Larry Edwards had specific ideas about the architecture of the vehicle, and that was one of them. That layout naturally follows the shape of two occupants sitting side by side with legs extended forward. He definitely did not want a tandem-seater, and I agreed with him. One of the disadvantages of the single front wheel layout is its inherent oversteer. But Larry had studied the issue and had ideas on how to create neutral steer with a single front wheel layout. His ideas were valid.

            3-wheelers.com

            I have learnt that you pioneered the automotive application of  FRP/foam composite, without this technique how different would your vehicles be?

            Robert Q. Riley

            Without that construction process, most likely, the whole series of  vehicles would not have existed. It's a great process for one-off construction. Even GM used it with their Ultra-Lite design in the early nineties. It creates a very light and exceptionally strong structure, and it requires no mold. When building a mold, one normally builds something called a "buck" or a "plug", from which a mold is then taken. This buck is essentially a car body, but it's normally not design to be used as a body - the wrong materials for it. With the FRP/foam process, one directly builds the body itself. And you can create virtually any shape using that material (fiberglass over a foam core).

            3-wheelers.com

            Out of the Trimuter, Tri-Magnum and Doran, which one has had the most interest?

            Robert Q. Riley

            Doran was an outside design, created by an excellent designer, Rick Doran. Trimuter and Tri-Magnum were in-house designs. These two vehicles were built about two years apart, and both were equally popular at the time of their release. Tri-Magnum, however, is by far the most popular of the two today, something I could have never predicted in 1982 when it was built.  It has turned out to be one of those timeless designs that cannot be placed  in a particular period in time. If you compare it to production cars built around that time, Tri-Magnum looks nothing at all like the vehicles of  that period. I knew we were doing something unusual with Tri-Magnum, but I   had no idea it would still be popular nearly 30 years later.

            I'll tell you an interesting story about the fairings on the tail light nacelles of Tri-Magnum. We had mocked up the body in foam, but the  surface on which the tail lights were intended to mount was still just a flat surface extending laterally from the body. Nobody knew how to finish off  that area. One day, I picked up some scrap pieces of foam from the floor  of the workshop, and using a razor knife, I cut something to emulate  fairings. I then temporarily stuck them to the body with nails, stood back and   looked at it, and said to myself... "Nope, that's not it. It looks too much  like  something from an old Sci-Fi movie." But I called in a few of the other guys, and they all went nuts over the treatment. And that's how it ended  up with those fairings swooping back from the tail light nacelles. I am reminded of that every time I see photos of Tri-Magnum. It actually  looks pretty good, despite my initial reaction.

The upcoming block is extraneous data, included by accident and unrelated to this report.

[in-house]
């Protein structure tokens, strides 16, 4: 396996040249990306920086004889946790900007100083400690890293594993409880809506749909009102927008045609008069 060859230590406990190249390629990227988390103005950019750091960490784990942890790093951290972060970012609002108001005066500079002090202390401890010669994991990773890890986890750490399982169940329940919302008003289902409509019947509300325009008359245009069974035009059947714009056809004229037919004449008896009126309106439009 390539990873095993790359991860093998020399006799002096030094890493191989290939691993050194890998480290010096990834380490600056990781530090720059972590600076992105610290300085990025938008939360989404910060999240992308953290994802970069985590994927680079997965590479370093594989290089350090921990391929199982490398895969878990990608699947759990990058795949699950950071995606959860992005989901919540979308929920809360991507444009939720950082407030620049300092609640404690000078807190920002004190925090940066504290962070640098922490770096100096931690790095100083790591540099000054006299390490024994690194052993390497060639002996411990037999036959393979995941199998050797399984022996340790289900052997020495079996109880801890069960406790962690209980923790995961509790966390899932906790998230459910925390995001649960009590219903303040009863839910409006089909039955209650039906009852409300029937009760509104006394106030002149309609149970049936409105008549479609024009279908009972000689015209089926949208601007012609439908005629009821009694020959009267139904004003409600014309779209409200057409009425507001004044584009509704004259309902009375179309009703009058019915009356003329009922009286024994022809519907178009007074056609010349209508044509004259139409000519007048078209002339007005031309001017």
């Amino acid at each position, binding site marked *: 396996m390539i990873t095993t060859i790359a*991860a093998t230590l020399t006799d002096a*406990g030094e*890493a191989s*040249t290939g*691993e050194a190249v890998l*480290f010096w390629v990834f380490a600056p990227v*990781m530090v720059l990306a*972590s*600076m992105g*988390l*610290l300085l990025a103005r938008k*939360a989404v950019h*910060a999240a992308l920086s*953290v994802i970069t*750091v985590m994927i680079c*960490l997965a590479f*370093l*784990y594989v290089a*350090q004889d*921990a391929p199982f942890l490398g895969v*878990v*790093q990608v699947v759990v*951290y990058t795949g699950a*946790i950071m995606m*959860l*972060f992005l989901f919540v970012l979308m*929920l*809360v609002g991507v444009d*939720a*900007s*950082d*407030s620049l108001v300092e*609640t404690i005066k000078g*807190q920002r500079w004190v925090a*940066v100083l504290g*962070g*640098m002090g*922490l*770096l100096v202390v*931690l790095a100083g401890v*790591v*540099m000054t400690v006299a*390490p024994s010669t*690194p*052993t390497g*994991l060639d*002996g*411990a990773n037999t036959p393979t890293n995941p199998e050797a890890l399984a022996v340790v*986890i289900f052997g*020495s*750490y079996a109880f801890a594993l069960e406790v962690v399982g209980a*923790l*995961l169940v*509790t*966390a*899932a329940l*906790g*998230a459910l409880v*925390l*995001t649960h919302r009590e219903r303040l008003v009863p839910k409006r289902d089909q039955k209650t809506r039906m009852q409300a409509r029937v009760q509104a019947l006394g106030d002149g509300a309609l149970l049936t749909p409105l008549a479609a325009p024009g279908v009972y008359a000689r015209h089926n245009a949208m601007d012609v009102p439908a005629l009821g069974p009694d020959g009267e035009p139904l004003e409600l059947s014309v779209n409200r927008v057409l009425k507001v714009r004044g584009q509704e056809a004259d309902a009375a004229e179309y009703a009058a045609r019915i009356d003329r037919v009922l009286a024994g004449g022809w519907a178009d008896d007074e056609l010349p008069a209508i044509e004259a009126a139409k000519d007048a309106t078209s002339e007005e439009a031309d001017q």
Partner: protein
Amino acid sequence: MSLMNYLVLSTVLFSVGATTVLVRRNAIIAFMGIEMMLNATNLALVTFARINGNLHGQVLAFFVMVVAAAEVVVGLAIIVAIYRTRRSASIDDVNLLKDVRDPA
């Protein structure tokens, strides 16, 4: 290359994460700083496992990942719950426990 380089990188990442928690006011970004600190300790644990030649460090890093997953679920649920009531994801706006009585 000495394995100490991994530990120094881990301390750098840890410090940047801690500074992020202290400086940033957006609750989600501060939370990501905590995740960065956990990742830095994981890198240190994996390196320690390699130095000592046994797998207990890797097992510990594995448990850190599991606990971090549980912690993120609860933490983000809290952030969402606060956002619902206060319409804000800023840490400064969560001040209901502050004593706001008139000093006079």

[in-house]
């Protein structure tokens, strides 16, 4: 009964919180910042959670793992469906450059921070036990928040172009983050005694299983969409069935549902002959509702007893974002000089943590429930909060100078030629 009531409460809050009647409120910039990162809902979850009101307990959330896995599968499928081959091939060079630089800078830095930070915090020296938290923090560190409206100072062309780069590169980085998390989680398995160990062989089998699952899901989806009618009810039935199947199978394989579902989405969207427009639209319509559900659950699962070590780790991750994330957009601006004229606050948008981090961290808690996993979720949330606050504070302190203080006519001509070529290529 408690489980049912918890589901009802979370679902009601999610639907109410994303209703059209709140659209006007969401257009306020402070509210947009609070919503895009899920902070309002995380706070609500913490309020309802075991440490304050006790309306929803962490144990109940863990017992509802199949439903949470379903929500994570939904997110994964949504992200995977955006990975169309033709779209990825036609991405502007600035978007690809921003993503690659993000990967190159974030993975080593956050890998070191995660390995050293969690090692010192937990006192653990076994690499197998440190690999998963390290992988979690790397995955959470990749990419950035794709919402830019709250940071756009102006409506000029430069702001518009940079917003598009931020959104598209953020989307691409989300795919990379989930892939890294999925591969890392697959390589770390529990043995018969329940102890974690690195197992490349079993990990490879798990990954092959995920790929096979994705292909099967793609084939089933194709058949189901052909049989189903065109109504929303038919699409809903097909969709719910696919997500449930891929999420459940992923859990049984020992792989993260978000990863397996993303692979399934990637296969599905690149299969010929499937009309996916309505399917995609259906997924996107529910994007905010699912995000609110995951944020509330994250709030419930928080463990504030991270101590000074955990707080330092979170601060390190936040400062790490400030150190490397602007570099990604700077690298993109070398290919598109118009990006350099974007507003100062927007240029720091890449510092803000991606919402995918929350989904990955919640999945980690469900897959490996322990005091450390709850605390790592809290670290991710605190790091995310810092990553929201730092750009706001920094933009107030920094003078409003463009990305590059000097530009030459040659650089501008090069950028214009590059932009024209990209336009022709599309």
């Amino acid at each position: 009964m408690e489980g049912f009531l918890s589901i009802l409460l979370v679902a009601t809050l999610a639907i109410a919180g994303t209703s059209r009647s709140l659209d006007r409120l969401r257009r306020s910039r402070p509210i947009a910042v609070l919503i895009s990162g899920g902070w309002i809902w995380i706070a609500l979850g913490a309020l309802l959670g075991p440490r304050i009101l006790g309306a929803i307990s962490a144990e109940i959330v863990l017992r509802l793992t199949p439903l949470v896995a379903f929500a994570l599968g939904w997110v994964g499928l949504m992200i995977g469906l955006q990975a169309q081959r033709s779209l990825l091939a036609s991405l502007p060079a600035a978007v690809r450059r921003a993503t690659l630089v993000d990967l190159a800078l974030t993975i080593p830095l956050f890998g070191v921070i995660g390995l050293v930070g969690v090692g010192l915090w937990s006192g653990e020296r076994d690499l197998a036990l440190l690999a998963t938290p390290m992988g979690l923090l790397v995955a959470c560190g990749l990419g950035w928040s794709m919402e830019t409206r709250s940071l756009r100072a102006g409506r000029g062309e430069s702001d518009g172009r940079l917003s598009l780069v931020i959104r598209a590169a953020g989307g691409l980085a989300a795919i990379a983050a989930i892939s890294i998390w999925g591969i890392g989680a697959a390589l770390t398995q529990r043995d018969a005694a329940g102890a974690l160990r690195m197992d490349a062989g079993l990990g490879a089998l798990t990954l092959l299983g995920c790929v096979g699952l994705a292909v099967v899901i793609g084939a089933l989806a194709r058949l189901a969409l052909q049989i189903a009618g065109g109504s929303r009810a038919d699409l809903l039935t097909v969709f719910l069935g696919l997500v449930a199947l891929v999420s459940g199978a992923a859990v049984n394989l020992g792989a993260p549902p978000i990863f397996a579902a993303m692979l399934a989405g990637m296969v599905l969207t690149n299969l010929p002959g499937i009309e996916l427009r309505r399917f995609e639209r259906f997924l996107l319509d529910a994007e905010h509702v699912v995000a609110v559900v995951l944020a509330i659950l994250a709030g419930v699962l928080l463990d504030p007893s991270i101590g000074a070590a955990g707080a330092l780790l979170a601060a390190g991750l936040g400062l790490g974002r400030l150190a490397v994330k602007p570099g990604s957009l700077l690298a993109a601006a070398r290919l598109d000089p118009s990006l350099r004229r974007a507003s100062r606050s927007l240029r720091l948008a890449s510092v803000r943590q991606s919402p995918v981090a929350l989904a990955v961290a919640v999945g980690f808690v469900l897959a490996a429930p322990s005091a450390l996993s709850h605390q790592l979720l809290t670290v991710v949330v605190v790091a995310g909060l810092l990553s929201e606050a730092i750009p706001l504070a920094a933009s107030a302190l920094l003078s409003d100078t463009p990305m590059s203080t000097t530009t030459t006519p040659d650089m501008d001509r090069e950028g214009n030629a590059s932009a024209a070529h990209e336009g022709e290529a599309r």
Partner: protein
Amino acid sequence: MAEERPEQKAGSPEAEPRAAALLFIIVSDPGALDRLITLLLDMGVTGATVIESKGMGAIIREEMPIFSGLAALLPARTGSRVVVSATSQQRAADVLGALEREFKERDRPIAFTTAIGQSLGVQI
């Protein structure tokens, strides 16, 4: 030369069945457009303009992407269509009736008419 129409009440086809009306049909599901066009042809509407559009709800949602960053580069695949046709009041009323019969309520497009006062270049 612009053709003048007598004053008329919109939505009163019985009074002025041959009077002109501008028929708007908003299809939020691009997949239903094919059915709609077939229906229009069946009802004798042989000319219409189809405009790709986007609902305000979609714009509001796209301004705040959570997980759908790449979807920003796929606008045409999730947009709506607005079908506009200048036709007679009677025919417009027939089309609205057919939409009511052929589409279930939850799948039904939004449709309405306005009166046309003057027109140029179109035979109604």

3-wheelers.com

            I should mention that it is not just 3-wheelers you design but cars,  vans, EVs, Hovercrafts, Boats, Submersibles, Health and fitness products and more. Is there anything you don't do?

            Robert Q. Riley

            I like anything that moves, but I'm especially fond of cars. And I like designing fitness products. So I'm mainly a fitness equipment and car  guy. But one of the most challenging design projects was AquaSub, a snorkel  sub that goes under water only about 40 inches. At that depth, it seemed  that it would be fairly simple to design, and its simplicity was one of the  main attractions of the project. But let me tell you, there was nothing  simple at all about the design. Once you get dragged underwater, you're in a whole different world with almost unlimited considerations. It was a challenge.

            3-wheelers.com

            Given how diverse your products are, have you ever thought about merging products and making a 3-wheeled Aqua-car?

            Robert Q. Riley

            You know, I'm glad you reminded me of it. Some Tuesday when I have nothing to do, I probably ought to design a three-wheeled submarine.  That way, I'd have all the three-wheeled submarine business around. Where  else is anyone going to get one?

            3-wheelers.com

            Robert, thank you very much for taking part in this interview for 3-wheelers.com's 10th birthday and indeed for helping me with information  in the past. Your time both then and now is much appreciated .

            Robert Q. Riley

            Thanks Elvis. And good luck with your update. Ten years goes by pretty  quickly doesn't it.

            Robert Q. Riley

            The Trimuter

            The Tri-Magnum

            The XR3 Hybrid

            Project 32 Slalom

            The Doran

            For more information about Robert Q. Riley visit the Robert Q. Riley Enterprises web site at http://www.rqriley.com

            For other e-interviews please click here